Women and World War II

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Rolle einiger Frauen bei der Rettung von Juden in Rumanien 1941-1945

HAUSLEITNER, Mariana

Abstract

Only a few historians in Romania who did research on the protectors of Jews, highlighted those protectors who were being honored in Yad Vashem. Especially the role of two women became somewhat better known. Viorica Agarici of the Romanian Red Cross got involved in the process of saving several Jews in 1941. The other woman who protested in 1942, when the Germans announced that Jews from Romania were to be deported to the camp Bełżec, was the mother of a young king Mihai called Elena.
To this date, no research has been conducted on the Romanian and Jewish women who got involved in the saving of over 5.000 orphaned children from the Romanian occupation territory Transnistria. Some publications informed about the autonomous Help-Commission at the Jewish Center. The article shows how a group of Jewish women collected garments and medication for the deported Jews from Romania in the camps of Transnistria. They closely cooperated with some Romanian women who distributed these goods through the channels of the Romanian Red Cross. After a long struggle in the spring of 1944, the first orphaned children were repatriated to Romania and were later brought to Palestine by ship in 1944/1945.

Documentary by Oana Giurgiu: Aliyah Dada

▶︎Full movie, uncut and in English◀︎

Libra Film: Following 130 years of the emigration of Romanian Jews towards the Holy Land, both history of East Europe and Israel will be revealed, in a light, colourful film depicting history in human stories and collages, as a tribute to Tristan Tzara – born in the same town from where first Jews emigrated to Palestine in 1882.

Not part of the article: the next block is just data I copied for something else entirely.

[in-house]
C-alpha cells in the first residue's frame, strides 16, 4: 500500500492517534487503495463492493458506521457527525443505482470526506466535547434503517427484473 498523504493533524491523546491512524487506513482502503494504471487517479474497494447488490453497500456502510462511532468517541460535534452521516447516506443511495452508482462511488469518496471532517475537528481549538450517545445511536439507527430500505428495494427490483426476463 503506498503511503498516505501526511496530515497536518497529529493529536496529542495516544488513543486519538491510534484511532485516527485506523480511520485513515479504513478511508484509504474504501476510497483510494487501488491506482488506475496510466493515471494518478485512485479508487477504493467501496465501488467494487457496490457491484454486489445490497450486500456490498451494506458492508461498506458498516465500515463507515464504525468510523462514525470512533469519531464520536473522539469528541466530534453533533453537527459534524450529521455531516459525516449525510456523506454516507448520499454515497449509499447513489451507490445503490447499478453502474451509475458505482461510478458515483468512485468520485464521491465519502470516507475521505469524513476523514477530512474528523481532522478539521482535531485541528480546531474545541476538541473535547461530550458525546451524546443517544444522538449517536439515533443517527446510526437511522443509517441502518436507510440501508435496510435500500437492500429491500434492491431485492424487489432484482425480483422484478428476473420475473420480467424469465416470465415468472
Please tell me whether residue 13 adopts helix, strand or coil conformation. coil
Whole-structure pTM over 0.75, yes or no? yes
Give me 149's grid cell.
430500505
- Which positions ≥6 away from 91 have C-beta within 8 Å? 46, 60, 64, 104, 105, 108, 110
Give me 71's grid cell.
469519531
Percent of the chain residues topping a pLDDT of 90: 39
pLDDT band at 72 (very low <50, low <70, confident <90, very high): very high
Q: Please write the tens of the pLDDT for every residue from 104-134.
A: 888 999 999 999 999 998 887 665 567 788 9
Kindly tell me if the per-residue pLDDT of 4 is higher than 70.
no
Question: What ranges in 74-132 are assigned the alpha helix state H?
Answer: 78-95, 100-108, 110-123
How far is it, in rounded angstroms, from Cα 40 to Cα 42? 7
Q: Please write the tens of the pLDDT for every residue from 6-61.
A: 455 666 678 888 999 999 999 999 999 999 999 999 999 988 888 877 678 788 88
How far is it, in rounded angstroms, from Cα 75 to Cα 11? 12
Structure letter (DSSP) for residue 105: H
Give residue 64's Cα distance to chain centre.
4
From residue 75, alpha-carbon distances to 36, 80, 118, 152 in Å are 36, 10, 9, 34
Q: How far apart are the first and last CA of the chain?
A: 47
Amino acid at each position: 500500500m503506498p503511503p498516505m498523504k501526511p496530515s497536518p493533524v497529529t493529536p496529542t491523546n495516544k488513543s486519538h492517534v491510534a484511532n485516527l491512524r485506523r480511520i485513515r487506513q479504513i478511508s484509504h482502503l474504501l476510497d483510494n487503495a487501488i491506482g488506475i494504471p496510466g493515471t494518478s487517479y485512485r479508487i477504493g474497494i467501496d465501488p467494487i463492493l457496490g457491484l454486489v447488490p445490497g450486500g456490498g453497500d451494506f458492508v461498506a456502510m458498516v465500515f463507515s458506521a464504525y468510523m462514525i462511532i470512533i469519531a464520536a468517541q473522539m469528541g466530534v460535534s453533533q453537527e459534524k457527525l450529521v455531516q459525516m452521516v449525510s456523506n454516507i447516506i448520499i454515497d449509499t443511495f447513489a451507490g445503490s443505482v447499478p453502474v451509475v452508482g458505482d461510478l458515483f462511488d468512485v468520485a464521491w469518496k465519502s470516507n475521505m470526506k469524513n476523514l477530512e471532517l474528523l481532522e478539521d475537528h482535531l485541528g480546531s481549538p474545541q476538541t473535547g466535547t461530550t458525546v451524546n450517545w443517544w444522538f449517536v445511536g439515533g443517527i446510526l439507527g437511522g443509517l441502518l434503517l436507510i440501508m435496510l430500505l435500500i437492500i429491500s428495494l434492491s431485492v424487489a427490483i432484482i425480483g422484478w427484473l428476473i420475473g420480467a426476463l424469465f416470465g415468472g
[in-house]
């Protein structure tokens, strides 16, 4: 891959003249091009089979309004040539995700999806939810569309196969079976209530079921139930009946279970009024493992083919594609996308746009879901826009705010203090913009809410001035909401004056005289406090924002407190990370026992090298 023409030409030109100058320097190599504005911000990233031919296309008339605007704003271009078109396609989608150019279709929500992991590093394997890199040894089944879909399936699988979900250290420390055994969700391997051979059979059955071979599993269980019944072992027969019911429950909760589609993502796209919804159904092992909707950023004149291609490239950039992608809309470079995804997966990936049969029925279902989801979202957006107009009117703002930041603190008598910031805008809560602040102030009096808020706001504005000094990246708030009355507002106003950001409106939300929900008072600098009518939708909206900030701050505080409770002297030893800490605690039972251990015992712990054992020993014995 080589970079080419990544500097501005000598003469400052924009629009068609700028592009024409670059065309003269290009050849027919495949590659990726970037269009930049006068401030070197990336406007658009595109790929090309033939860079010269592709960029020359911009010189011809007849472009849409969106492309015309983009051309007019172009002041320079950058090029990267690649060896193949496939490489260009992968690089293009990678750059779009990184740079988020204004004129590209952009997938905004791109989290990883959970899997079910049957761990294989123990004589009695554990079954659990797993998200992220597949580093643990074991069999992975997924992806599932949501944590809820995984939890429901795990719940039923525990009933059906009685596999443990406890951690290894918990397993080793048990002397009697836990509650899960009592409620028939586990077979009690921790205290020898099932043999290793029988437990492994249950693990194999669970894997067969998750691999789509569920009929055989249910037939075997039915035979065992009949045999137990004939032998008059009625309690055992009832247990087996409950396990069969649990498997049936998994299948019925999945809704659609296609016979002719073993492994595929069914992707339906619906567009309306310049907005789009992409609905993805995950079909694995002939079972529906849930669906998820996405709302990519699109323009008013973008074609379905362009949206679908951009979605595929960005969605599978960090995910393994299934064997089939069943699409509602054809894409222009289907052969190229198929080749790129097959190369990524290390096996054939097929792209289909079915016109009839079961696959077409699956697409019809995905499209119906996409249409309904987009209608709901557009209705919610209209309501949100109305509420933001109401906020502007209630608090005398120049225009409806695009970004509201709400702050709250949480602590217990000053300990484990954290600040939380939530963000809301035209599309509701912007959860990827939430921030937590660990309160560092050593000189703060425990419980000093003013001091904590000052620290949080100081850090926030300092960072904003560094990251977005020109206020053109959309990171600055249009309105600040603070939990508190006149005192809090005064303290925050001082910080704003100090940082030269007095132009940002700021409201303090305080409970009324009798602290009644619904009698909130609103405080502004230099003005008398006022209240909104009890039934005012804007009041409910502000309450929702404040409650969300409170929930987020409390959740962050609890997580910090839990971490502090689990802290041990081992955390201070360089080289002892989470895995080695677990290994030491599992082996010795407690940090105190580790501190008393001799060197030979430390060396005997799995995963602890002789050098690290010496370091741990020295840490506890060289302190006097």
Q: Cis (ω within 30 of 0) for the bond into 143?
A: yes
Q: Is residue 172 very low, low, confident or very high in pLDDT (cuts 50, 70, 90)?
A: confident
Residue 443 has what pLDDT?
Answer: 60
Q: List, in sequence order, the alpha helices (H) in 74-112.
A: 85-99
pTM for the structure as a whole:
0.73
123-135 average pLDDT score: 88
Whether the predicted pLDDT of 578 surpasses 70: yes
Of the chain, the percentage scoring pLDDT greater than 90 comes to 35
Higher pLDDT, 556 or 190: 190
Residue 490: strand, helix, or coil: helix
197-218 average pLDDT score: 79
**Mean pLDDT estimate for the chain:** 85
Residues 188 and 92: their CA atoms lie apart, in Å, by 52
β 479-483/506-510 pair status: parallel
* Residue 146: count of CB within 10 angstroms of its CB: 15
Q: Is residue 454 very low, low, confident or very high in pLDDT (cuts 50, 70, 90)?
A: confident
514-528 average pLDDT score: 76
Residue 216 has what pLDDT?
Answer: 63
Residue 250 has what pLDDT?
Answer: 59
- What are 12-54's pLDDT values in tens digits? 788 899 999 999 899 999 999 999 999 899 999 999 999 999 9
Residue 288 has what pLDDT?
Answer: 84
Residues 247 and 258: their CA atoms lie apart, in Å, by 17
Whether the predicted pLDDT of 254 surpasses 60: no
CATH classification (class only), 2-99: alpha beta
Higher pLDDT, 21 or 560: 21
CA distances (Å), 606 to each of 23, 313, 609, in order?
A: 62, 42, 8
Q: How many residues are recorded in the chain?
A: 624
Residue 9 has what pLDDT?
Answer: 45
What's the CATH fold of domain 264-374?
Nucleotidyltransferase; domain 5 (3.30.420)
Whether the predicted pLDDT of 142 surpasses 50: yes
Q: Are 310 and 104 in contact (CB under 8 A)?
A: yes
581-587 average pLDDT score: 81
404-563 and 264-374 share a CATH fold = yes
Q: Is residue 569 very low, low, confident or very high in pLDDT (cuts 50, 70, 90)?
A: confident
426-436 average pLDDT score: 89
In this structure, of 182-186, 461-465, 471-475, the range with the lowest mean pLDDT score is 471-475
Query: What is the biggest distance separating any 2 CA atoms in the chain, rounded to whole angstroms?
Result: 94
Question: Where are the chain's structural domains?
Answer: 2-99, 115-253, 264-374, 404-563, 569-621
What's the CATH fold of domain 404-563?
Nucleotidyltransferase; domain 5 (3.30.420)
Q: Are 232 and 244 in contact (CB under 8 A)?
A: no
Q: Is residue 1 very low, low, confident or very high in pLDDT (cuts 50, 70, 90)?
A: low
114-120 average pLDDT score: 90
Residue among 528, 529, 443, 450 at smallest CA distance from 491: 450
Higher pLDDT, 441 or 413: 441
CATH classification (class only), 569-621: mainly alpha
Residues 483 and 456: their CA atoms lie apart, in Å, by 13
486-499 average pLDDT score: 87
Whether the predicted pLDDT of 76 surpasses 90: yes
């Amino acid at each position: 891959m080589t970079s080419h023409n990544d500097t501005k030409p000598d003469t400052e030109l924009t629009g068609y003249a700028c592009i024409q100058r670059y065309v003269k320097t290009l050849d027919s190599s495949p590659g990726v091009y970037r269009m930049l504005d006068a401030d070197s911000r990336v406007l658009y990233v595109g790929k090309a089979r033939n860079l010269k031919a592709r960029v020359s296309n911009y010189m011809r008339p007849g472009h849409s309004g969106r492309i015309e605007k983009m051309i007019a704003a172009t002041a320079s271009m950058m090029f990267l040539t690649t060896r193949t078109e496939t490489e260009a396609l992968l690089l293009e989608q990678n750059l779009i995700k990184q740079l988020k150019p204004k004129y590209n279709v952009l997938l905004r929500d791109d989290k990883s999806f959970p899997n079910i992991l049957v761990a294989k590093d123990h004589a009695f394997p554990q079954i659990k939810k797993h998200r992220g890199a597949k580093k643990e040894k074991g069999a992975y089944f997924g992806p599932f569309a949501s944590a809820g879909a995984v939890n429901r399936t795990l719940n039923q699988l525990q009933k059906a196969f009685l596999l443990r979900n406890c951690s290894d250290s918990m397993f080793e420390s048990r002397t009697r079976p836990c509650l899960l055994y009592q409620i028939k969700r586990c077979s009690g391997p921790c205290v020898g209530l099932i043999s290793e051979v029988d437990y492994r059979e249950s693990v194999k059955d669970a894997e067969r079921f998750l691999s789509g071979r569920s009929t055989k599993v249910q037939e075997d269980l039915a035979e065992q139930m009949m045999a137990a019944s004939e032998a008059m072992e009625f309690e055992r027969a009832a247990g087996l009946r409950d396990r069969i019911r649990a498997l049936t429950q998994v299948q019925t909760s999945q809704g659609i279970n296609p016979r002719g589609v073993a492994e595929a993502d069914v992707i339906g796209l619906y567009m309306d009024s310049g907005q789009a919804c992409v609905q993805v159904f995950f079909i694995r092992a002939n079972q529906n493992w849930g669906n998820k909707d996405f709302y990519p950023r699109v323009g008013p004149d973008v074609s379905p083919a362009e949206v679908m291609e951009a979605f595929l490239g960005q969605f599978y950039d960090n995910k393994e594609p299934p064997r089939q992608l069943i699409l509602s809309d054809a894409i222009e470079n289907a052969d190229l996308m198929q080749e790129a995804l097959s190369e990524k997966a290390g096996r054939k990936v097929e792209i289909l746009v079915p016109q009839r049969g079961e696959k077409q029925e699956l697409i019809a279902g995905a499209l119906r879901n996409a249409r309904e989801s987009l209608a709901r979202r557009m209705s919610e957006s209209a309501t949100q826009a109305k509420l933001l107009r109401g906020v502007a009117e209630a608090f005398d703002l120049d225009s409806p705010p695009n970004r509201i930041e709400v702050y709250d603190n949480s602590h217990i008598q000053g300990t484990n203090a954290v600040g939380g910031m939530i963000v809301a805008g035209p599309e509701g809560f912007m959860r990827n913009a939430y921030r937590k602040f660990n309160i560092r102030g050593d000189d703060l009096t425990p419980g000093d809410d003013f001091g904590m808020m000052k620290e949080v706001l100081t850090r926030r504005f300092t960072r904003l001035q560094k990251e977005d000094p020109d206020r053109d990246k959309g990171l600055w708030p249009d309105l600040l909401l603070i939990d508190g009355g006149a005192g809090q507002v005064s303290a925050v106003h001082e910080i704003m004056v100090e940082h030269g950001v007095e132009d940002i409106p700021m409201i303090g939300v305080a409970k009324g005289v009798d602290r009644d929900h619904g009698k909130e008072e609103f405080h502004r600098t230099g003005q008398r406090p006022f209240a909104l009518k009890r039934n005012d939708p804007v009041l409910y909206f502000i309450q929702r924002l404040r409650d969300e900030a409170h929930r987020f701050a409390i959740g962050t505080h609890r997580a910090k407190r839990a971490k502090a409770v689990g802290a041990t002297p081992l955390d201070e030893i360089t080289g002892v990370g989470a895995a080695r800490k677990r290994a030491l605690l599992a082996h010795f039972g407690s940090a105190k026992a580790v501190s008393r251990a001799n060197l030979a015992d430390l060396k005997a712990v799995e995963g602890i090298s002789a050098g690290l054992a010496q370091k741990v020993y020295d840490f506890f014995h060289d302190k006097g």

In the same time we will discover all absurdities and contradictions in the relationship between Romanians and Jews: Romanians were responsible for some of the cruelest pogroms during the Second World War, but still Romania had the largest Jewish surviving population at the end of the war, after USSR. Communist regimes were trading this population with Israel, and Ceausescu made even a step forward requesting cash payment per person, but same Ceausescu was the one convincing Egypt to sign the peace with Israel.

In Israel, the population from Romania became the country’s fourth largest group, but they always stayed in the shadow, sometimes hiding their origins, even though important personalities emerged from that community, even though they have brought important elements to their new country; the Israeli anthem and national dance “hora” are both inspired of the Romanian folklore, to mention just that.

Today, a return to democracy in Romania has attracted many Israeli investors, almost the same number as the former Jewish community that is slowly vanishing. In Israel, a museum of Romanian Jewry will be built, in the first settlement made by them in Rosh Pina. But will their memory be carried on by the new generations?